See HDTV Primer for an explanation of and some interesting pictures showing diffraction.
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Old 2012-02-13, 07:03 PM   #38
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I have an attic install with a quad bowtie facing south and a log periodic facing north to catch both towers in the Ottawa area. My question is - Why do I get good results on Global channel 6 when both antennas are UHF classified? Is this just one of those strange RF things due to surroundings? I was expecting to have to do some gymnastics with NARODS to get Global.

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Old 2012-02-13, 08:24 PM   #39
roger1818
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Techno_Dweeb, Without seeing your TVFool results it is difficult to say but in South Keys you are likely getting a signal that is about 20dB (100 times) as strong as those in say Orleans. The thing about DTV is it is pretty much all or nothing and you will either get a perfect picture or none at all with not much in between. What a better antenna will give you is more reliable reception.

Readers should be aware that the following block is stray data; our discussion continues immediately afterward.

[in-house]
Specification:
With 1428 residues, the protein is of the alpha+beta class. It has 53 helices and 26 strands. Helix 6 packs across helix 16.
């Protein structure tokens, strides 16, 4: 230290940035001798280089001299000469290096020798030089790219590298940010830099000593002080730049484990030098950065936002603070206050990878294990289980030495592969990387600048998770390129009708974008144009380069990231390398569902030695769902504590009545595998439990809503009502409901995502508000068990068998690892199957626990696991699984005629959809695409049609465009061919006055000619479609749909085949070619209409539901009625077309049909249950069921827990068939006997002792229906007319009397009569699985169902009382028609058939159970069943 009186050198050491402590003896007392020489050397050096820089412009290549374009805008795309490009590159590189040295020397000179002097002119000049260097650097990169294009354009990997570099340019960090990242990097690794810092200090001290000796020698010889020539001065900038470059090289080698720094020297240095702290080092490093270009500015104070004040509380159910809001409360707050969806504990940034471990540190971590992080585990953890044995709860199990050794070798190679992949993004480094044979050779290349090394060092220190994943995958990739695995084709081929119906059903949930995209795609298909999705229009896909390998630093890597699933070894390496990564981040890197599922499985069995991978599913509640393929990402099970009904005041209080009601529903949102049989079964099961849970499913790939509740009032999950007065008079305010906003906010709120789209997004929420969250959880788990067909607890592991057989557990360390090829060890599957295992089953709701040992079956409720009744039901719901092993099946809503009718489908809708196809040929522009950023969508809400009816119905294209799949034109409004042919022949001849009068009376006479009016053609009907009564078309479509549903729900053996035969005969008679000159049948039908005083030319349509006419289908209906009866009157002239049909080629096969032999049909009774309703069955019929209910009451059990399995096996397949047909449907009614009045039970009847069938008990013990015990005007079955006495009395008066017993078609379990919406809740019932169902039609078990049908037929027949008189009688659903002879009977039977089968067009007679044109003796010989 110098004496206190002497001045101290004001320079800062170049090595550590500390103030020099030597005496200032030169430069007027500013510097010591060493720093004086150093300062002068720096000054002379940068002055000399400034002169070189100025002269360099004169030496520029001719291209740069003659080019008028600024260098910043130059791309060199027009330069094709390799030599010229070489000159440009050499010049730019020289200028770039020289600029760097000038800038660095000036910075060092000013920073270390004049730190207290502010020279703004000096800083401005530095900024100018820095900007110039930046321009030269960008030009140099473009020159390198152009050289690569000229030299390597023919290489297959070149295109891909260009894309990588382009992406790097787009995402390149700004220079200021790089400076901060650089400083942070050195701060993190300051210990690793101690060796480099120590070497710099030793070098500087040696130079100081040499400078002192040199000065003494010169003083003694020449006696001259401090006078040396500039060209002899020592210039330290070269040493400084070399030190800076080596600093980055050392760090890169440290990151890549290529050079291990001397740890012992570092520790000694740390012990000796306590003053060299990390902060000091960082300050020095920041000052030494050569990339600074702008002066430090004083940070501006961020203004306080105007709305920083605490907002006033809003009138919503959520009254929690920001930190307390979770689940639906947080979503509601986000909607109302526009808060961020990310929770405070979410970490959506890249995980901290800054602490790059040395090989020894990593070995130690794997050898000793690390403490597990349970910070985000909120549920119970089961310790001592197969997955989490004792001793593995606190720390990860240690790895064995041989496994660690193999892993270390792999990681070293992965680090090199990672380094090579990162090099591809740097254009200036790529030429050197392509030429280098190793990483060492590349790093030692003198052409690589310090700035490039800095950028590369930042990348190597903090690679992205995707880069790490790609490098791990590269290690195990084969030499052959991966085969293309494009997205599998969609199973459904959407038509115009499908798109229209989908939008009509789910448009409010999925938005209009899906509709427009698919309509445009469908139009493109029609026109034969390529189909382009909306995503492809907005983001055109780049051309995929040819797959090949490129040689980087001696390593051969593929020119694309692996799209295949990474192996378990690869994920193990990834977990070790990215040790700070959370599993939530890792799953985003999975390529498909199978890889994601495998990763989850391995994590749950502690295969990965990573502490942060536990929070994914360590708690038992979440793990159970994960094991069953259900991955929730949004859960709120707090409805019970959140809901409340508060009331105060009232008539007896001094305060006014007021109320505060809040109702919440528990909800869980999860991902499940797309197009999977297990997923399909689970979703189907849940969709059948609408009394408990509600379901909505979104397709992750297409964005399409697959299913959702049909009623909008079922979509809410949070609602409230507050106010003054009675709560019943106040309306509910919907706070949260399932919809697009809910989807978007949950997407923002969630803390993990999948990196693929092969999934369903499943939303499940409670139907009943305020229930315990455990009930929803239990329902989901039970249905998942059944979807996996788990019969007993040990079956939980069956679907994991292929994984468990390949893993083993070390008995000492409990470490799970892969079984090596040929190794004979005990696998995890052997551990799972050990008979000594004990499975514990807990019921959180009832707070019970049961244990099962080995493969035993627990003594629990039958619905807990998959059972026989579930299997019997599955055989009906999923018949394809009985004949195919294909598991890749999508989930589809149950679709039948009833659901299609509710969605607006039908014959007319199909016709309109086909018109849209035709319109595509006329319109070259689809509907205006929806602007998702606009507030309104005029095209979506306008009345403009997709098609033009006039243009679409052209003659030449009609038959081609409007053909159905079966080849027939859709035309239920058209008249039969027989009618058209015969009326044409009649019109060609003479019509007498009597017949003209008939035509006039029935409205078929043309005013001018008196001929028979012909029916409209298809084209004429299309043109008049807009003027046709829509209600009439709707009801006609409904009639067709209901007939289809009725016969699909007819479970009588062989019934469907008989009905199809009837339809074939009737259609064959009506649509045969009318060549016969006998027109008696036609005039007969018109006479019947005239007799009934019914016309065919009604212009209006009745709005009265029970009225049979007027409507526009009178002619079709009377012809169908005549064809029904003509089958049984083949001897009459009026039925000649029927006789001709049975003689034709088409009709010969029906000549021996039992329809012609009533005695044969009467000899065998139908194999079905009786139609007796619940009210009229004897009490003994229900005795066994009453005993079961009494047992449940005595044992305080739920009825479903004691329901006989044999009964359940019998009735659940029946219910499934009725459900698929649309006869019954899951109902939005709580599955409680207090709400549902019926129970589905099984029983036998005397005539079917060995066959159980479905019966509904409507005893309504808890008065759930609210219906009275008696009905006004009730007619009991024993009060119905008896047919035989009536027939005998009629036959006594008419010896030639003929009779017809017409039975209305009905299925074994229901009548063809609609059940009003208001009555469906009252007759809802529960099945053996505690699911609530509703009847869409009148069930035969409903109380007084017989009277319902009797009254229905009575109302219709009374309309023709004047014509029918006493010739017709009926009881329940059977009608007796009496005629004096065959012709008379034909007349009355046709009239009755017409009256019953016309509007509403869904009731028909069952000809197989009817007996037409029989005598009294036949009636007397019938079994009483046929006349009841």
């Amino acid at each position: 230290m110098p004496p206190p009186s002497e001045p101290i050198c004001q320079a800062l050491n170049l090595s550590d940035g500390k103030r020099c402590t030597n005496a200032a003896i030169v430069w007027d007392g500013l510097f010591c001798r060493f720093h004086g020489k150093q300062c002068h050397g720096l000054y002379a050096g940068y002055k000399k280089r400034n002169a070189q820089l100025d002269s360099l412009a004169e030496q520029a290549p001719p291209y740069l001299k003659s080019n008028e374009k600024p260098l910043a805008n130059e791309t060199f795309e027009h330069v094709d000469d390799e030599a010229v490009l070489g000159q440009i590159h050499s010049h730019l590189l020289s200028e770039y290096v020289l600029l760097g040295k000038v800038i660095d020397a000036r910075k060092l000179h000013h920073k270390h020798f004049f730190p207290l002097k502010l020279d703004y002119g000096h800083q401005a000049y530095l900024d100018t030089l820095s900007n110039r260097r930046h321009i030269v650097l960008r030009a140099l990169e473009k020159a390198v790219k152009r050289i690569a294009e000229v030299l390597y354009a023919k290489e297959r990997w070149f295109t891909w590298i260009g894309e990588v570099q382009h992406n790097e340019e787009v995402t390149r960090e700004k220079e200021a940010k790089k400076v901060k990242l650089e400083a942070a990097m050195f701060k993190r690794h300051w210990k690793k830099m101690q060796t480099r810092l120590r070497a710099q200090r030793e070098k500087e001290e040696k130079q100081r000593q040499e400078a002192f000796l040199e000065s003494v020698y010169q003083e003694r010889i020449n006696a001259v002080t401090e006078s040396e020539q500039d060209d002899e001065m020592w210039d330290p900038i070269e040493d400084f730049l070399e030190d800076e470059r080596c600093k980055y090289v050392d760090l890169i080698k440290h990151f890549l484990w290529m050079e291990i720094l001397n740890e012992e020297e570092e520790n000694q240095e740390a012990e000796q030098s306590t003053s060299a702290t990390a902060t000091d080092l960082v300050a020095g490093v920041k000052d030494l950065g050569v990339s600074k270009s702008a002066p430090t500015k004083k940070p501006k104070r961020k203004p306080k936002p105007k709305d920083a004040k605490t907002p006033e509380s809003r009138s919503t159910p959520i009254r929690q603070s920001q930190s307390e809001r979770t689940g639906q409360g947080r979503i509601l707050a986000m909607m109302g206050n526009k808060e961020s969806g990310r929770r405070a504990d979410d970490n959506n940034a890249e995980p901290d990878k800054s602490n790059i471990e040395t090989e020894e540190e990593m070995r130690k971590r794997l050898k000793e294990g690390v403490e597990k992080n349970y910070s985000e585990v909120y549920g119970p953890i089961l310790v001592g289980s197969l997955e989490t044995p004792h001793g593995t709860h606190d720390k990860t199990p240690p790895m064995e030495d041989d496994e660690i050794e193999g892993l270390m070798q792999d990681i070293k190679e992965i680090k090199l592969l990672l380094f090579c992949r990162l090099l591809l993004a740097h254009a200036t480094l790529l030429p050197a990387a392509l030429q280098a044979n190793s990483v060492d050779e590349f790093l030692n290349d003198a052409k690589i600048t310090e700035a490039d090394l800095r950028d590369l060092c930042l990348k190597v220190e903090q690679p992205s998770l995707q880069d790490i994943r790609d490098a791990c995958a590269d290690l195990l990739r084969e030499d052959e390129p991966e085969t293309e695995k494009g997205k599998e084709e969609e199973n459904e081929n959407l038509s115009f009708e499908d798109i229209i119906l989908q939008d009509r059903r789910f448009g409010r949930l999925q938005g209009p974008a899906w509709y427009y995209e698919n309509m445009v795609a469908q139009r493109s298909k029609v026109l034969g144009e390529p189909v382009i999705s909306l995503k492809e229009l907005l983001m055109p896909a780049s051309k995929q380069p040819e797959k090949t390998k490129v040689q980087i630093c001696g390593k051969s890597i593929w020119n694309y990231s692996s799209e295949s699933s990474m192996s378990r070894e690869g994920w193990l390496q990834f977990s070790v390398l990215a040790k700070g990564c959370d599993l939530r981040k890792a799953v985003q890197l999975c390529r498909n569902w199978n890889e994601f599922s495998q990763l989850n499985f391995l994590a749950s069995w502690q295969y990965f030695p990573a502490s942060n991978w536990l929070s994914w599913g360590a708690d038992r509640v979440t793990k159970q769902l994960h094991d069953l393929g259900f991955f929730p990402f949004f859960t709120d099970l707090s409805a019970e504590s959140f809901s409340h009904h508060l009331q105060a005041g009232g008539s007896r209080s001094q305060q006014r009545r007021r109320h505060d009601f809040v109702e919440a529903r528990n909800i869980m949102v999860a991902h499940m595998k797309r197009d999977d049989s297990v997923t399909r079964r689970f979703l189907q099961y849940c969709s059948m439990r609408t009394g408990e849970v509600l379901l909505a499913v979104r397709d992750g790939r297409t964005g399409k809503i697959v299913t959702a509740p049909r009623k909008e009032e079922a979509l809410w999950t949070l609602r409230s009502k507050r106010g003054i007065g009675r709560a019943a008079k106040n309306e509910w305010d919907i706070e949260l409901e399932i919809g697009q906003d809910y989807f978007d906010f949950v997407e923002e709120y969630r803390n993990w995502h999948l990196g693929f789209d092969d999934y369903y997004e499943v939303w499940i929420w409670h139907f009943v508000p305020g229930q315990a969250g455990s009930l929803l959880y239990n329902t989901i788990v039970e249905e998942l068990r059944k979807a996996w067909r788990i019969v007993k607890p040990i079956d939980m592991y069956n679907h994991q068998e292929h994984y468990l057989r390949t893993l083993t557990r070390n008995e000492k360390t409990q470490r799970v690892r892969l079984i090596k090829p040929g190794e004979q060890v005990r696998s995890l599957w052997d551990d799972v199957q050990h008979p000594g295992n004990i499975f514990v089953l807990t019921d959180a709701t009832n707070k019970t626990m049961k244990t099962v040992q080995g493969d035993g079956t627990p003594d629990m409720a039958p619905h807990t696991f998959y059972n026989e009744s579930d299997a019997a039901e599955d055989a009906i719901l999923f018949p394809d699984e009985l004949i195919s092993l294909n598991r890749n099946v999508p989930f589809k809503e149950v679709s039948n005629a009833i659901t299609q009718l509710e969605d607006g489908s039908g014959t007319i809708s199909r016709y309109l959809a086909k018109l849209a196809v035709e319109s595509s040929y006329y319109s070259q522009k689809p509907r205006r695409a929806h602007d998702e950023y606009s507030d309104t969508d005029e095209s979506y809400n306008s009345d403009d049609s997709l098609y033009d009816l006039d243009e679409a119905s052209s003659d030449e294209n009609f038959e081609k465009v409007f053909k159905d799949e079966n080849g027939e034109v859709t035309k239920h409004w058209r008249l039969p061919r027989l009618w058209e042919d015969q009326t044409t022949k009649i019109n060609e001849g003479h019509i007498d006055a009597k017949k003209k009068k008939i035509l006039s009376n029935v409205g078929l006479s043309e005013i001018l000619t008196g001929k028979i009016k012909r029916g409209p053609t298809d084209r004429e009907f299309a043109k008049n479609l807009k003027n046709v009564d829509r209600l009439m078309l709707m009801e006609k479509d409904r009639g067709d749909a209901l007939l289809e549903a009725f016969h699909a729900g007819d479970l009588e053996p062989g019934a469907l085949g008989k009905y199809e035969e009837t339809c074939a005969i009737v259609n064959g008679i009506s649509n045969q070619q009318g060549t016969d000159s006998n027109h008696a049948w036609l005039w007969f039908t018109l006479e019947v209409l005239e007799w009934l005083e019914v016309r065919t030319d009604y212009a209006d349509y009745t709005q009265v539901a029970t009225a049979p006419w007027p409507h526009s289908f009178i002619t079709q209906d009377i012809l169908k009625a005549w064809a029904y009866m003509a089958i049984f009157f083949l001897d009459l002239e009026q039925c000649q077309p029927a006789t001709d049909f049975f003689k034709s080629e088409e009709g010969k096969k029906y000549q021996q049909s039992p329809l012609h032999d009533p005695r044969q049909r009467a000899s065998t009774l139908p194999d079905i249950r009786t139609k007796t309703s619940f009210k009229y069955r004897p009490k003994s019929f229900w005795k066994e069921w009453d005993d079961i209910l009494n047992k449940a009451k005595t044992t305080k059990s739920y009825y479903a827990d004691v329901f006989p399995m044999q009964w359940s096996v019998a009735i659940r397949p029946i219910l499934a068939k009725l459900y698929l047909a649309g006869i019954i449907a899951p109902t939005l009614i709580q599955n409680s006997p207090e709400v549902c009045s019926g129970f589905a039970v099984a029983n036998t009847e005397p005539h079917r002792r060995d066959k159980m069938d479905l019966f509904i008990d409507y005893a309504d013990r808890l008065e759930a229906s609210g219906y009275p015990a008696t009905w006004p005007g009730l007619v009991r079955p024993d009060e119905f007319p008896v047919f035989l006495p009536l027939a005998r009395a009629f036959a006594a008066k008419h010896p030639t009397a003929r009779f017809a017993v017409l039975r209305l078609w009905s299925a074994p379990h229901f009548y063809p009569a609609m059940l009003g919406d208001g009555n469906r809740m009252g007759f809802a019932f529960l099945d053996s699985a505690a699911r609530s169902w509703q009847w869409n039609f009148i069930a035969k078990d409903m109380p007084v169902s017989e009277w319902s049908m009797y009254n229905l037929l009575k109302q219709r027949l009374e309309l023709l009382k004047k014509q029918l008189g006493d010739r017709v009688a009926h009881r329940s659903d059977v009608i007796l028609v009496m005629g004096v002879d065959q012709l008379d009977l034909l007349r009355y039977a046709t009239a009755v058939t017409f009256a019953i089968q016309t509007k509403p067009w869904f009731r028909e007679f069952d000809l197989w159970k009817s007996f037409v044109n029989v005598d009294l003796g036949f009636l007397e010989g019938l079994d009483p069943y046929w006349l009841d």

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Old 2012-02-13, 11:13 PM   #40
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Thanks for the response. I was thinking perhaps my 10 foot roof flashing might be acting like a director.
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Old 2012-02-14, 10:45 AM   #41
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From post # 15

Quote: